Cursors can be passed to stored procedures. If you use the GLOBAL option to create a cursor, it can be used in any stored procedure or batch executed in the same connection. This allows you to use cursors on nested stored procedures.

The cursor allows READ ONLY behavior. It Prevents updates made through this cursor. The cursor cannot be referenced in a WHERE CURRENT OF clause in an UPDATE or DELETE statement. This option overrides the default capability of a cursor to be updated.

Application or Use of Cursor:

  1. A cursor allows us to iterate over data one row at a time.
  2. The cursor allows completing a process in a sequential manner such as SQL Server database backups
  3. A cursor can be used for updating data across numerous tables for a specific account
  4. Cursors can be passed to stored procedures directly.

Q149. What are the disadvantages or limitations of Cursors in SQL? 

The biggest disadvantage of cursors is that they are very slow when compared to SQL statements, and therefore you should avoid using them because they will sooner or later lead to performance issues. Usually, cursors have less performance than an equivalent loop using a WHILE loop or CTE.

The second major disadvantage of the cursor is that they are very costly because they require a lot of resources and temporary storage. A cursor in SQL is a temporary work area created in the system memory, thus it occupies memory from your system that may be available for other processes. So occupies more resources and temporary storage. 

Since cursors are pointers that occupy your system memory, that’s why traversing a large result set by using cursors is usually not the best idea. If the entire result set must be transferred to the client for processing and display, for large results, holding the entire result set on the client can lead to demanding memory requirements on the client-side system.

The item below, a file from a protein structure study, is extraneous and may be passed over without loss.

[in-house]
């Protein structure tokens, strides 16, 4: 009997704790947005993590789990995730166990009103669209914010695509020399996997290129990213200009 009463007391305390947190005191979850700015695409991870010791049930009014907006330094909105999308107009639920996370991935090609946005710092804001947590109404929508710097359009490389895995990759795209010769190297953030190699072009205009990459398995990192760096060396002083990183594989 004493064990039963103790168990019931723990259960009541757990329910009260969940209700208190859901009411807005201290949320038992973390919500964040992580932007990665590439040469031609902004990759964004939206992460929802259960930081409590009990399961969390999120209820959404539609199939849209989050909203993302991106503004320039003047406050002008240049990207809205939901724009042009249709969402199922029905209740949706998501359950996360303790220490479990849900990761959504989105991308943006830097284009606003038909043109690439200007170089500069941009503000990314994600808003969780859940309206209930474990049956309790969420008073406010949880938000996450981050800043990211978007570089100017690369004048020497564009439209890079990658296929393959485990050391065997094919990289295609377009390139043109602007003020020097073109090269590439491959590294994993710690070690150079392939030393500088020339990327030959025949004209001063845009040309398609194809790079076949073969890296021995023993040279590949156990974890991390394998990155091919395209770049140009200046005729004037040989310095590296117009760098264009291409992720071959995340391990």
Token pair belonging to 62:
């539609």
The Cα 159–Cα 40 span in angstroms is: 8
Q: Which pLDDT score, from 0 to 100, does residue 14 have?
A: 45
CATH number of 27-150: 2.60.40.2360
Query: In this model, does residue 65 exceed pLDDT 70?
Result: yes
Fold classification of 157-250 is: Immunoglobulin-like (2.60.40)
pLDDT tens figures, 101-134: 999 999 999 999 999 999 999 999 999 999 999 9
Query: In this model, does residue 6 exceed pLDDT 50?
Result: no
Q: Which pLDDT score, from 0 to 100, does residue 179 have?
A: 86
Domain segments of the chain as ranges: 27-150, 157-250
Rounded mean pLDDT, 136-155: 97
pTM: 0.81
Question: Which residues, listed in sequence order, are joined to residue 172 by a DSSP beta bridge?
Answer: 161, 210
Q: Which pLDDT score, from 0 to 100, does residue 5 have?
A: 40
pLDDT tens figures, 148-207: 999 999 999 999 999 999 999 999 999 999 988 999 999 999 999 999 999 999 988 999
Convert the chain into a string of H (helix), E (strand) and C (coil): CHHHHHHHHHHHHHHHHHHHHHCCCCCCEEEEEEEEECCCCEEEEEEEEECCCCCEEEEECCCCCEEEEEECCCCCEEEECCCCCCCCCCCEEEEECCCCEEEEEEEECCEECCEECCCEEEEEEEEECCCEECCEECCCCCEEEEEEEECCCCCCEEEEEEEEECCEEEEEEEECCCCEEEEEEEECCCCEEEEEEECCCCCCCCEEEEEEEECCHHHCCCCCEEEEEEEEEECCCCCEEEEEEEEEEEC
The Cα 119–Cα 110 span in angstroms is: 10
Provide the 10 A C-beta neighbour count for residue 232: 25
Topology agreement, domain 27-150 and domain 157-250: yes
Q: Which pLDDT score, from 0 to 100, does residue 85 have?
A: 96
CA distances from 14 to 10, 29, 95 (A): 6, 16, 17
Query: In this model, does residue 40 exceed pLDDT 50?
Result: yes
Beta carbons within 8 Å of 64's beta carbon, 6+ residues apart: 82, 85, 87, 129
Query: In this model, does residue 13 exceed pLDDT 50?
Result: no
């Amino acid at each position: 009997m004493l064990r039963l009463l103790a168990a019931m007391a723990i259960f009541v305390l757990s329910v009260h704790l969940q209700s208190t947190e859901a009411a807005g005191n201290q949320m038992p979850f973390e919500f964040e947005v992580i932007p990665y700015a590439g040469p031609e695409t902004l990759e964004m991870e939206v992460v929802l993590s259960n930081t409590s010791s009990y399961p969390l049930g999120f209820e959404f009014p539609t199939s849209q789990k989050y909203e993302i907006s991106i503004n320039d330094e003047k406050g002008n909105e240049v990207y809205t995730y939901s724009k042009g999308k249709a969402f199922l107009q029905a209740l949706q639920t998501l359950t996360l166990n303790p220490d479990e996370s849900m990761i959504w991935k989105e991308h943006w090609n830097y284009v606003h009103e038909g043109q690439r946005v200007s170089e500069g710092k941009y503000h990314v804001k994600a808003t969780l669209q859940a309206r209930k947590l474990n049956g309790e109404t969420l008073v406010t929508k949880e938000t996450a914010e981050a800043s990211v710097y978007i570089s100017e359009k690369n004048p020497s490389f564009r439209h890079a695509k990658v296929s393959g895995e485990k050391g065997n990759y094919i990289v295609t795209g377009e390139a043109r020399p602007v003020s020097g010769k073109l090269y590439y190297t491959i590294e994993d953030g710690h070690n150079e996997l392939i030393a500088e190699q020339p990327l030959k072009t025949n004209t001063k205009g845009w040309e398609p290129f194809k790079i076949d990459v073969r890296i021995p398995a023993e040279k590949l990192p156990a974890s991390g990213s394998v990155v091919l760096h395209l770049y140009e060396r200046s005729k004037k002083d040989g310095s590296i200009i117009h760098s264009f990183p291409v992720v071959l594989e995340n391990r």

It uses more resources because each time you fetch a row from the cursor, it results in a network roundtrip. This uses much more network bandwidth than the execution of a single SQL statement like SELECT or DELETE etc that makes only one round trip. Repeated network round trips can degrade the speed of the operation using the cursor.

The cursor imposes locks on a portion of the table or the entire table when processing data.

You cannot use cursors or triggers on a table with a clustered columnstore index. However, you can use cursors and triggers on a table with a nonclustered columnstore index.

If you use global cursors in your code, you are taking the risk of facing errors due to a cursor being closed by some stored procedure nested in your code.

Q150. What is the difference between Loop and Cursor?

Advantages of using a WHILE loop compared to a cursor.

  1. While loops are faster than cursors.
  2. While loops use fewer locks than cursors.
  3. While loop does not use Tempdb like a cursor. 

Disadvantages of using a WHILE loop compared to a cursor.

  1. Moving backward and forward is complex in the loop while the cursor supports both at the same time.
  2. Compared to a cursor, you don’t have a fixed set of data to loop, instead when using a WHILE loop you have to define a boundary with an expression that is evaluated to true or false.